How does one attain that level? Is it purely based upon knowledge alone, or must some history of successful application be evident? Can, for example, an individual be deemed an “expert” in psychiatry despite never having cured anyone of the condition? Or be considered one in the field of “time travel” despite every lack of evidence revealing its practical viability?
This is a world of specialization. At some point in recent history, the world became too complex for the generalist to survive. No longer could a person be a “jack-of-all-trades,” but instead, specialization was aimed at each discipline and created a need for sub-calories within each field. Post-graduate degrees were handed out in more significant numbers for studies no one had envisioned.
That the world has become more complex cannot be refuted; technology has become the engine of advancement, and few have the understanding to master its ever-expanding tentacles of daily operation.
The days of a father working under the hood of an automobile and teaching his child how to dismantle and reassemble the engine have disappeared (leaving aside even the simple task of changing the oil). Intricate diagnostic tools must no be hooked up to each automobile because everything is now computerized, and reliance upon the automotive “expert” who is certified in a particular make or model is a “given,” and the neighborhood auto repair shop is an antiquated idea of the past.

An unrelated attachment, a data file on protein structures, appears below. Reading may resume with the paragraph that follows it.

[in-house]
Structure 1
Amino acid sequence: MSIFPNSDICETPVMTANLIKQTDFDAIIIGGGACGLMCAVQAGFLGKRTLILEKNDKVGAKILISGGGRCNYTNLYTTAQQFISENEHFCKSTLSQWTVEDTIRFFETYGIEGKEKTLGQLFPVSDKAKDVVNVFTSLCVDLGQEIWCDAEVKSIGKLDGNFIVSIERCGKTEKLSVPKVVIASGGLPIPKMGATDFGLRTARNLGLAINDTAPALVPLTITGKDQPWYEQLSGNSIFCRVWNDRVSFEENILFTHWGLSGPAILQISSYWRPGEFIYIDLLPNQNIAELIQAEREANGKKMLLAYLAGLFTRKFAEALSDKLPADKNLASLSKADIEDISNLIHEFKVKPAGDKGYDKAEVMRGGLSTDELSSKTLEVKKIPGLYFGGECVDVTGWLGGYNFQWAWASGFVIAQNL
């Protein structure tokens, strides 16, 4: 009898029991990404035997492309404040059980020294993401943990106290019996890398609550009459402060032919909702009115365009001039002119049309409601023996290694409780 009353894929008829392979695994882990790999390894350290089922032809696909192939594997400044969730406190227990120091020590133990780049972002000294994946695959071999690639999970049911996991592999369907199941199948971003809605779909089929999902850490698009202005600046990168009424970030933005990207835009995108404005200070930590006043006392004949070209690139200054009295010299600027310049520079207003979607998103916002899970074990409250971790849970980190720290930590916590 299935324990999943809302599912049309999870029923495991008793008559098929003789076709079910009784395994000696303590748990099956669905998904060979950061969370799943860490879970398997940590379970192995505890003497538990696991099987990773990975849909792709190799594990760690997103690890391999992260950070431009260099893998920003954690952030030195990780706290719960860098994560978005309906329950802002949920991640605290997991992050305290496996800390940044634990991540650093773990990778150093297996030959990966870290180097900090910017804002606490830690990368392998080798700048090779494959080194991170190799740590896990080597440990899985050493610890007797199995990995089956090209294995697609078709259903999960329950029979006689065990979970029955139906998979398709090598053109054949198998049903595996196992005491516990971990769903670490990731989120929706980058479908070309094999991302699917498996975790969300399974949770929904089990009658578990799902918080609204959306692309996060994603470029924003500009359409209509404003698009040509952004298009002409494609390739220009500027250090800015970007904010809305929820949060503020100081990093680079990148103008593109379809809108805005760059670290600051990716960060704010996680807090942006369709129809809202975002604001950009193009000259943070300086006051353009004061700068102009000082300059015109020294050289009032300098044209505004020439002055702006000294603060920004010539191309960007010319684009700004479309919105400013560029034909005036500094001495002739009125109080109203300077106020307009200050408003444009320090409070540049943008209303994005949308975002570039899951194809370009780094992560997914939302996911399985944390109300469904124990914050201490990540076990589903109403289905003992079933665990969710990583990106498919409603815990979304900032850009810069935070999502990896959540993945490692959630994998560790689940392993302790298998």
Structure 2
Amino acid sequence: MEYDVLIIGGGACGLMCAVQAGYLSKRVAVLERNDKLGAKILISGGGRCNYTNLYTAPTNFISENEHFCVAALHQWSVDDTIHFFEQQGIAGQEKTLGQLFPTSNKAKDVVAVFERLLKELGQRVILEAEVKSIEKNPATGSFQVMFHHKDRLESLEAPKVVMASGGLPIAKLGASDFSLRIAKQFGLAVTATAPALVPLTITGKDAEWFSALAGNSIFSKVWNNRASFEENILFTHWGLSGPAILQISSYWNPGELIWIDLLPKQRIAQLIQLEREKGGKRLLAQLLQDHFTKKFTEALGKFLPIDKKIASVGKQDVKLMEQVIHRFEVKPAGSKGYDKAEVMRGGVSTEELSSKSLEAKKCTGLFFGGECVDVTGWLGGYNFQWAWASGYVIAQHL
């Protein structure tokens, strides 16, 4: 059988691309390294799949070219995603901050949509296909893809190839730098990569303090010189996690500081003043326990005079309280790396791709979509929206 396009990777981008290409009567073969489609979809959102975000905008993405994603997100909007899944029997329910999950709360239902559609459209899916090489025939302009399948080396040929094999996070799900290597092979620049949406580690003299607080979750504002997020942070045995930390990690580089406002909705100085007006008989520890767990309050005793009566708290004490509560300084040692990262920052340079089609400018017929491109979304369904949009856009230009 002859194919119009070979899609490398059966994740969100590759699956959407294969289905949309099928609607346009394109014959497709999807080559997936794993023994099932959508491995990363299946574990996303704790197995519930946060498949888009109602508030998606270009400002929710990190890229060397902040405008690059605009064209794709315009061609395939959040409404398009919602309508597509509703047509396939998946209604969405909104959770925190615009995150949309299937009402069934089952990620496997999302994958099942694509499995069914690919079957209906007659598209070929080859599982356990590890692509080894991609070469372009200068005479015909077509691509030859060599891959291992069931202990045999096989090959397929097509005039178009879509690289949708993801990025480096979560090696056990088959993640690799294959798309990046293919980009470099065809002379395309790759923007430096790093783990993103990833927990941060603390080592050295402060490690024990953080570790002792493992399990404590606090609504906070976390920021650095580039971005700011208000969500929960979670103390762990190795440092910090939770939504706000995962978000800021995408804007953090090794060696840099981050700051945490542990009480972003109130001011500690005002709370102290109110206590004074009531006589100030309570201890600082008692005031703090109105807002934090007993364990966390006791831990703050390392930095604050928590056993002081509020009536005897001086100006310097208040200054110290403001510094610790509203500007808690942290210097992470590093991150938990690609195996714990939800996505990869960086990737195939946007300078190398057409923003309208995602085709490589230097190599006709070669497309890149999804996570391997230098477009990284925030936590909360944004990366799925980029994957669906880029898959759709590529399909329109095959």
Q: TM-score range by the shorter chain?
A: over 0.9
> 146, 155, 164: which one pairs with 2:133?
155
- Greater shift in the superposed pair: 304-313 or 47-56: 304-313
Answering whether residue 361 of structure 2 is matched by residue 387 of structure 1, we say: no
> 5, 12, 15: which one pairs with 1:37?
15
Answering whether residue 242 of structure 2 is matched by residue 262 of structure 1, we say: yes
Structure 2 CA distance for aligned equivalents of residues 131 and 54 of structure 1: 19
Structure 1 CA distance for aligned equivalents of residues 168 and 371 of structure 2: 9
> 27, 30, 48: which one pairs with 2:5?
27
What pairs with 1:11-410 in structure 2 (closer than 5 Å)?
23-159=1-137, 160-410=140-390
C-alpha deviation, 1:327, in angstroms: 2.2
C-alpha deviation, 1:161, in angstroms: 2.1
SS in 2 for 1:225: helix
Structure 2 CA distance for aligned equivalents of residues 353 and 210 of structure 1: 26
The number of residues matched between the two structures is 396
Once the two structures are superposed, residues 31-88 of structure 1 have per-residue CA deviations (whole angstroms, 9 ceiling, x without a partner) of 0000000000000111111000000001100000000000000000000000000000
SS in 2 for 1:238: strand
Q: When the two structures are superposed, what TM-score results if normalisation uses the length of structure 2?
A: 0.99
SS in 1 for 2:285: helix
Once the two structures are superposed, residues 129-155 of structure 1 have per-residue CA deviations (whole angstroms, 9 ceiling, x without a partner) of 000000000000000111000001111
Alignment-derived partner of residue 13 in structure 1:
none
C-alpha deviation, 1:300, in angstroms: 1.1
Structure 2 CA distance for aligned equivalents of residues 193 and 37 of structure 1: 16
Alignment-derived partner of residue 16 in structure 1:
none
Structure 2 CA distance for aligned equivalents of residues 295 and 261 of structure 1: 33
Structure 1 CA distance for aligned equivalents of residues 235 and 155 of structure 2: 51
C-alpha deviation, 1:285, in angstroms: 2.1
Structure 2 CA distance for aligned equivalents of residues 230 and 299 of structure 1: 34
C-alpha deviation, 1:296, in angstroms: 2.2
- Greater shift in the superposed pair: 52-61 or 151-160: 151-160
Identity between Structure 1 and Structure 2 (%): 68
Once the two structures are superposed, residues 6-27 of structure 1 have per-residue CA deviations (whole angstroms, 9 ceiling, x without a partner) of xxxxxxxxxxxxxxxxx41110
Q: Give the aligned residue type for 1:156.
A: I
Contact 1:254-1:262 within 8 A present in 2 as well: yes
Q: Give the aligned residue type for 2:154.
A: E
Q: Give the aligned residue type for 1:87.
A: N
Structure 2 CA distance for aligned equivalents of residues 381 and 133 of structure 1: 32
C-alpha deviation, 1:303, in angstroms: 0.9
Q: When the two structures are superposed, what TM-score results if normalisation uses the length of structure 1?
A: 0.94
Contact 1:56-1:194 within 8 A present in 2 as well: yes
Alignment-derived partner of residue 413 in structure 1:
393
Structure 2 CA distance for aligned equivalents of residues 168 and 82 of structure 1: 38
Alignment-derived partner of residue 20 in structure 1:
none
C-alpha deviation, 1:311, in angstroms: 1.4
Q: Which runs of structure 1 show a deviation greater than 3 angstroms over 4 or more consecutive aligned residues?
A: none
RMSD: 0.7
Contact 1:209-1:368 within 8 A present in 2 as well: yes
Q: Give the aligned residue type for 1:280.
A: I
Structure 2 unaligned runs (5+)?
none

In the end, who and what is considered an “expert” in any given field can only be determined by combined factors of knowledge, application, and especially a successful track record of past accomplishments. For Federal employees and U.S. Postal workers who have filed for, or are preparing to file for, FERS Disability Retirement benefits through the U.S. Office of Personnel Management, consulting with an “expert” in the field of Federal/Postal Disability Retirement Law may be a necessity which cannot be avoided.
The complexities inherent in the bureaucratic process of beyond the mere submission of sufficient medical documentation, and OPM is more likely than not to deny your medical application at the very First Stage of the process and rebut OPM by pointing to the case laws supporting your particular set of facts and applicable legal criteria is an essential part of the disability process.
Contact an OPM Disability Attorney specializing in Federal Disability Retirement Law, and consider involving an expert in a field which has become unnecessarily complex because of the bureaucratic intransigence of OPM.
Robert R. McGill
Lawyer exclusively representing Federal and Postal employees to secure their Federal Disability Retirement benefits under FERS from the U.S. Office of Personnel Management.